Baptist World Alliance
Eron Henry, Associate Director of Communications
Neville Callam, General Secretary
Phone: +1 703 790 8980
Fax: +1 703 893 5160

October 28, 2010

For Immediate Release

Baptists respond to Haiti cholera outbreak

Washington (BWA)-- Baptist World Aid (BWAid), the relief and development arm of the Baptist World Alliance (BWA), has sent emergency funds of more than US$12,000 into Haiti to help counter the recent cholera outbreak.

The funds will be sent to Baptist Haiti Mission (BHM), a BWA member body in the north Caribbean country. The funds will be used by Baptist churches "to transport patients, pay medical help and supplies, and getting clean water to those in need," said Edrice Romelus of BHM.

Thirty one BHM churches are "in the heart of the affected areas," Romelus told the BWA. The monies, he said, are to be used by local churches to provide "direct support" to those who are ill or at risk.

More than 300 persons have died and more than 4,000 persons have been treated for cholera mainly in the northwestern part of the country in Saint-Marc, approximately 100 kilometers or 62 miles north of the capital Port-au-Prince. Contamination is believed to have emanated from the Artibonite River, the longest river in Haiti.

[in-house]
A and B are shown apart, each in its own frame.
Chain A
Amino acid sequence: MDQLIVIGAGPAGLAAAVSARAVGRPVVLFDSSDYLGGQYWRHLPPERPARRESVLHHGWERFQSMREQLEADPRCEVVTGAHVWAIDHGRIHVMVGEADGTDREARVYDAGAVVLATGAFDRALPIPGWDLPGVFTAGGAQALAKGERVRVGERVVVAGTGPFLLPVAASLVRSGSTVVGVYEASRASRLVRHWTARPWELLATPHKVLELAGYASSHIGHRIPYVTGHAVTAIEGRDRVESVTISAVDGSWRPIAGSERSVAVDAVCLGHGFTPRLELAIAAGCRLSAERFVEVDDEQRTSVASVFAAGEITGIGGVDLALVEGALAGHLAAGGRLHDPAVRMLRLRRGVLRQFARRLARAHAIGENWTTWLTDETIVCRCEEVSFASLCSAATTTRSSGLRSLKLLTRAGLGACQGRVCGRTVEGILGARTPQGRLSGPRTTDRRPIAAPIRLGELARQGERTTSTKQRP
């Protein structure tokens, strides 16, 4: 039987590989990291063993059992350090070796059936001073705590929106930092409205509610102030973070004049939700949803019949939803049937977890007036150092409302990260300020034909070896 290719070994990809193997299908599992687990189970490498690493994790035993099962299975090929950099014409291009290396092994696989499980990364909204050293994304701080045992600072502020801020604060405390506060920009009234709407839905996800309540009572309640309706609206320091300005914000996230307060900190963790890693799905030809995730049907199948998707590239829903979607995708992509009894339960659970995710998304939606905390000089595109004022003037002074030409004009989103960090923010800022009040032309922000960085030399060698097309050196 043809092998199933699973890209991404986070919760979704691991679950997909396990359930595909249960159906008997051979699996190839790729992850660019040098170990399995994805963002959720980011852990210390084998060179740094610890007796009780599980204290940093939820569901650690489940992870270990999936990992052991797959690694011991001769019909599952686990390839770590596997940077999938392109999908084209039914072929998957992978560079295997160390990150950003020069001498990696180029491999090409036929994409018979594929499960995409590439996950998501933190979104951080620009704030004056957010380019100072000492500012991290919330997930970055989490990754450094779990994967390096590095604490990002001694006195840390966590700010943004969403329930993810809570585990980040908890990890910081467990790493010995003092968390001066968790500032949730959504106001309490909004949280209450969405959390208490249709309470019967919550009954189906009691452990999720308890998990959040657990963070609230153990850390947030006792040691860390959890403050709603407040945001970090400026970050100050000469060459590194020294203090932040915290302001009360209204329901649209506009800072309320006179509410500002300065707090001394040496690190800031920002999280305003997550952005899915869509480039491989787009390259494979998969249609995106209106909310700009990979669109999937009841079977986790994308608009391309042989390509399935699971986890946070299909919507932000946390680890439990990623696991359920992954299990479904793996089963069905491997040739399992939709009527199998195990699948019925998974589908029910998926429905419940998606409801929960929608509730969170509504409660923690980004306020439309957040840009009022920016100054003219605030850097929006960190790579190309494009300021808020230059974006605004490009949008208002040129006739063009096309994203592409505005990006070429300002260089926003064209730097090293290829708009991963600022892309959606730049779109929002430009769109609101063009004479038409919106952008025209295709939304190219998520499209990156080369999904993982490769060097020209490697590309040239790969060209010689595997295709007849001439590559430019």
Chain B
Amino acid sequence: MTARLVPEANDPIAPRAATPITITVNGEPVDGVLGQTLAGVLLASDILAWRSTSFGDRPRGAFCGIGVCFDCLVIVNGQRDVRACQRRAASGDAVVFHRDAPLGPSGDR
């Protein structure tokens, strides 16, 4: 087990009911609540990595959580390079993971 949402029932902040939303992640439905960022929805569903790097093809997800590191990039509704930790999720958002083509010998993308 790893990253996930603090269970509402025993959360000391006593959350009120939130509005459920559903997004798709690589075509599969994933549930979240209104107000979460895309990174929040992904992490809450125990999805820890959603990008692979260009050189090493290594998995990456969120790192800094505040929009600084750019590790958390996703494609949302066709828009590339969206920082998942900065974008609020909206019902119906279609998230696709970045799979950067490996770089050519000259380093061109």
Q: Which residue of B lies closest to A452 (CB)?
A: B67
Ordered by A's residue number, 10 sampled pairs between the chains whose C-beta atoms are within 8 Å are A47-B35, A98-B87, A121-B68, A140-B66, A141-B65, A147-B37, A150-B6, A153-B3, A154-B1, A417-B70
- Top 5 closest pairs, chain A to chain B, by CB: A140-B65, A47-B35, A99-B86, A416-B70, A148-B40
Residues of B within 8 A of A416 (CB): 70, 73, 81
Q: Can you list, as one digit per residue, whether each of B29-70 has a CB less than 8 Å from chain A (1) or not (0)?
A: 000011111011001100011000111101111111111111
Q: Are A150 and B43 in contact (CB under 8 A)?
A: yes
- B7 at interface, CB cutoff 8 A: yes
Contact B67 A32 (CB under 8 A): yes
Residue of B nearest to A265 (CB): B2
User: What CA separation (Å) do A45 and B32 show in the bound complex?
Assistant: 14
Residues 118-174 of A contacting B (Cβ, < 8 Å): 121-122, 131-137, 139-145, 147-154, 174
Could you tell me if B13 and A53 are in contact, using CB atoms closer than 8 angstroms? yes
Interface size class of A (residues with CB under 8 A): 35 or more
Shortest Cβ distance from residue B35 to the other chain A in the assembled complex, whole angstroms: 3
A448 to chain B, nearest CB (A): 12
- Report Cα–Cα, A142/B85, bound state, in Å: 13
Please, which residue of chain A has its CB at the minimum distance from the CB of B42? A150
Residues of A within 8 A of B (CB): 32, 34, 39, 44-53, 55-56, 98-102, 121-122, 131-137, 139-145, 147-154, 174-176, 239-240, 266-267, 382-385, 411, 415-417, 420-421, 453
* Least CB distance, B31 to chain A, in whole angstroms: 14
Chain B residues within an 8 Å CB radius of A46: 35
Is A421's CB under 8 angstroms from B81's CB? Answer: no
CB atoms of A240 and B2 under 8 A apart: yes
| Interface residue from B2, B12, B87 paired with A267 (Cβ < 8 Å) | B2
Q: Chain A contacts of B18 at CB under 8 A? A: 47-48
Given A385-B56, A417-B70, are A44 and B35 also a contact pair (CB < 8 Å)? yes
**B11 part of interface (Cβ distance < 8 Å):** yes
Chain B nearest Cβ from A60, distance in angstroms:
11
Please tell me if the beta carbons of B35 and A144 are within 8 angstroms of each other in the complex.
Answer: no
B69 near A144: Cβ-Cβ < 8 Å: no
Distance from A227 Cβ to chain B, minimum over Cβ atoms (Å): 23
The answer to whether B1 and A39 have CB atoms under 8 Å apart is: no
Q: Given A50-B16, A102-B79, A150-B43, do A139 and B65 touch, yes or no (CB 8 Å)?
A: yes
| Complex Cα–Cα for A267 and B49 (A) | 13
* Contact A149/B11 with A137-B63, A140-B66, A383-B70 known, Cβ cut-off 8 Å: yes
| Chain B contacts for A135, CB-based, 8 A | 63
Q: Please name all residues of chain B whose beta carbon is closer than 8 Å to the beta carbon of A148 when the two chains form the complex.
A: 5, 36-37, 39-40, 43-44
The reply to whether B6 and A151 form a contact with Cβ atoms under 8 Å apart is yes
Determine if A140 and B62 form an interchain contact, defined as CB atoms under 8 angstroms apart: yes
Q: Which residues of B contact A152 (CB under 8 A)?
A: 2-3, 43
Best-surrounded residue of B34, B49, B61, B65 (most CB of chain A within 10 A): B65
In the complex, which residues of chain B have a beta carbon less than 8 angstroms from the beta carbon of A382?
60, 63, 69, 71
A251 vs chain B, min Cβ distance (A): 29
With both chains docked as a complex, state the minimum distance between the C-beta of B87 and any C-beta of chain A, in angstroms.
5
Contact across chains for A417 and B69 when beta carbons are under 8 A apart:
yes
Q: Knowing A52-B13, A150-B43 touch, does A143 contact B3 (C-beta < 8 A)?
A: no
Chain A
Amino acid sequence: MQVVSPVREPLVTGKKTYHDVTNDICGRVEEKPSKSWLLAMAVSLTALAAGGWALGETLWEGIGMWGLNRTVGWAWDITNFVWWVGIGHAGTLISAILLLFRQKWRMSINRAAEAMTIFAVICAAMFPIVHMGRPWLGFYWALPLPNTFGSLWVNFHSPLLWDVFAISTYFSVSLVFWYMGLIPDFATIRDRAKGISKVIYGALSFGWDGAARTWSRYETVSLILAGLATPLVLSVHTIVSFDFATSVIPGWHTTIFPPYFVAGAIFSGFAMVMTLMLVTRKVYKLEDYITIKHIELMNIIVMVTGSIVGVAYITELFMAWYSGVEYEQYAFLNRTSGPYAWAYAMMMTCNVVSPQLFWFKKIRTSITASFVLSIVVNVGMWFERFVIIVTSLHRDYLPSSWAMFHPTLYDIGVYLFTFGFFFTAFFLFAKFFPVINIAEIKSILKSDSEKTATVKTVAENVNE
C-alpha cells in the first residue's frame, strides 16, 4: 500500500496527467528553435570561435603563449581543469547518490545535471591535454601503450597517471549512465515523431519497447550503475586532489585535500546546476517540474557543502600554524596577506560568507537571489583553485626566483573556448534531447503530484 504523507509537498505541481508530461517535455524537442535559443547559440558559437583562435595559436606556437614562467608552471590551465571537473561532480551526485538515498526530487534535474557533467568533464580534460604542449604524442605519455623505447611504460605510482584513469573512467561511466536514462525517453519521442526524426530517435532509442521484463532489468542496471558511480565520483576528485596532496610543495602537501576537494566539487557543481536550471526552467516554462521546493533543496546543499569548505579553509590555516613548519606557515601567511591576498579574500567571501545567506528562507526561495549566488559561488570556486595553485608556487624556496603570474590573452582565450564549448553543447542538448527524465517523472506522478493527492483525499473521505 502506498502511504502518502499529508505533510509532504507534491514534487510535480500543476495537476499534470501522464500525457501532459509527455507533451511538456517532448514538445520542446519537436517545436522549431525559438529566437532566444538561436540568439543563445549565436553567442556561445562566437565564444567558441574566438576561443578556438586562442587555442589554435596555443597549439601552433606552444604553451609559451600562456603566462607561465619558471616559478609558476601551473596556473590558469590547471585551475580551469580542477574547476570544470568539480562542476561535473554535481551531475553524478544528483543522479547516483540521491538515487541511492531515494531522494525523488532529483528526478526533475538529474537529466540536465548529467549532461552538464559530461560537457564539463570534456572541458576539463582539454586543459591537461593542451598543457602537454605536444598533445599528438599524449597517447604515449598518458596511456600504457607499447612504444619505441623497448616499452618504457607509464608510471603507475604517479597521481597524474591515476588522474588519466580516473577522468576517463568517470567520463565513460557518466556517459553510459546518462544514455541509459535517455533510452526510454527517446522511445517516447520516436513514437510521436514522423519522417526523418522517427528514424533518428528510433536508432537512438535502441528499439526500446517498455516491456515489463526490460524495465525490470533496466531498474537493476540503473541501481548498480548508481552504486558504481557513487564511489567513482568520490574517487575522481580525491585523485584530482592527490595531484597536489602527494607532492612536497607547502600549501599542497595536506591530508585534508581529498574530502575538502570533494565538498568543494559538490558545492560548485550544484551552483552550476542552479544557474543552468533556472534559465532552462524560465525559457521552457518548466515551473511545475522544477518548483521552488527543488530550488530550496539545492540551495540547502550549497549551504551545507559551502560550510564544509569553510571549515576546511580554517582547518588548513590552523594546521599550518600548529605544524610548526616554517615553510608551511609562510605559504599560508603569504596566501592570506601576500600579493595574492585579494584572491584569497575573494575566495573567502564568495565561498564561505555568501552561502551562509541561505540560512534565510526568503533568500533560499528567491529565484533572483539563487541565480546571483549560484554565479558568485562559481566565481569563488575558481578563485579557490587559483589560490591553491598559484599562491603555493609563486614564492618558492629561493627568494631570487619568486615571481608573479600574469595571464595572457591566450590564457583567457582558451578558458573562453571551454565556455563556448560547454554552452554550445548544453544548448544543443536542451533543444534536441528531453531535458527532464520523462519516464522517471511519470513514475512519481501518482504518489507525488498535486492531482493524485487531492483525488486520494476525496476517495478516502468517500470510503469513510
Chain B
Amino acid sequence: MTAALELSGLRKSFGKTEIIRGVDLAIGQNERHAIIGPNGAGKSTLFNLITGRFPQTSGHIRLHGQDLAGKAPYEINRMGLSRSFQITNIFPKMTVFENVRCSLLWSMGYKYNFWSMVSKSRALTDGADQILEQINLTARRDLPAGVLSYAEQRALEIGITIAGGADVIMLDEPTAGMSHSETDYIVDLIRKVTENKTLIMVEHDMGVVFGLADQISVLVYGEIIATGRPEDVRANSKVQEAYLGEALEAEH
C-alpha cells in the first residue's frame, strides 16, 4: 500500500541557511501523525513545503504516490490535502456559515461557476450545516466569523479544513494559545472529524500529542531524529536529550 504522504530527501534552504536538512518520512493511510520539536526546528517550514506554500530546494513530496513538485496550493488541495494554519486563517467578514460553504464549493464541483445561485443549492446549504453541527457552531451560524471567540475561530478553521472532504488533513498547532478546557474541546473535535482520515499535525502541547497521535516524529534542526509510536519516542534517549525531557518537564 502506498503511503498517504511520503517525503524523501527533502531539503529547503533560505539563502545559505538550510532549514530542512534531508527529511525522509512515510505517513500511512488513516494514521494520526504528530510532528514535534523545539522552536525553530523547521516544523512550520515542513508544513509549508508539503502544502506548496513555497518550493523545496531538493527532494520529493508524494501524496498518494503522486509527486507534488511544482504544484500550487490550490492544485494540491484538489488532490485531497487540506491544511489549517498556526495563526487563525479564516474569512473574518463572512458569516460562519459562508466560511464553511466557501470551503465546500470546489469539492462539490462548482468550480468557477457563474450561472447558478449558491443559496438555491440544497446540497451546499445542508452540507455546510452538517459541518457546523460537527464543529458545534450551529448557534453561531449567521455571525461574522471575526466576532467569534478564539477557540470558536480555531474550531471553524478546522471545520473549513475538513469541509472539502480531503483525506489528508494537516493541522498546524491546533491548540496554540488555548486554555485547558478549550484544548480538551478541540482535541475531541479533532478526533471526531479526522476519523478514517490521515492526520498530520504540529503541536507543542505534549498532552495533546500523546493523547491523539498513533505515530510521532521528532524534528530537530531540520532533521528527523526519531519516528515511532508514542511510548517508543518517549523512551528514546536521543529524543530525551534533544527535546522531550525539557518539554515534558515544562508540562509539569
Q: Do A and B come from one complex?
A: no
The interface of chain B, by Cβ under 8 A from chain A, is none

Cholera can be a deadly disease if left untreated. Symptoms include severe diarrhea, vomiting, and abdominal pain. Transmission is primarily through contaminated drinking water or food.

Joel Dorsinville of the Baptist Convention of Haiti, another BWA member body, said the convention is collaborating with "medical persons to accurately survey the situation." He said reports indicate that the disease has spread "north to Gros-Morne, Plaisance, Limbe; and south to Archaie and Port-au-Prince."

He said that "prices in the market places have increased due to the fact that our neighbor, the Dominican Republic, has closed the borders between the two countries."

French- and Creole-speaking Haiti shares the island of Hispaniola with Spanish-speaking Dominican Republic.

The convention, Dorsinville told the BWA, is engaged in providing information and educating the public on how to prevent the disease from spreading. He stated that proper water treatment is a necessity.

Haiti is yet to recover from a devastating earthquake that occurred on January 12 that killed tens of thousands of persons, injured several hundred thousand, and displaced more than one million, many of whom are still living in "tent cities" in and around Port-au-Prince, much of which was destroyed by the temblor.  

Since the quake, the BWA has spent several hundred thousand dollars in relief and rebuilding efforts in Haiti.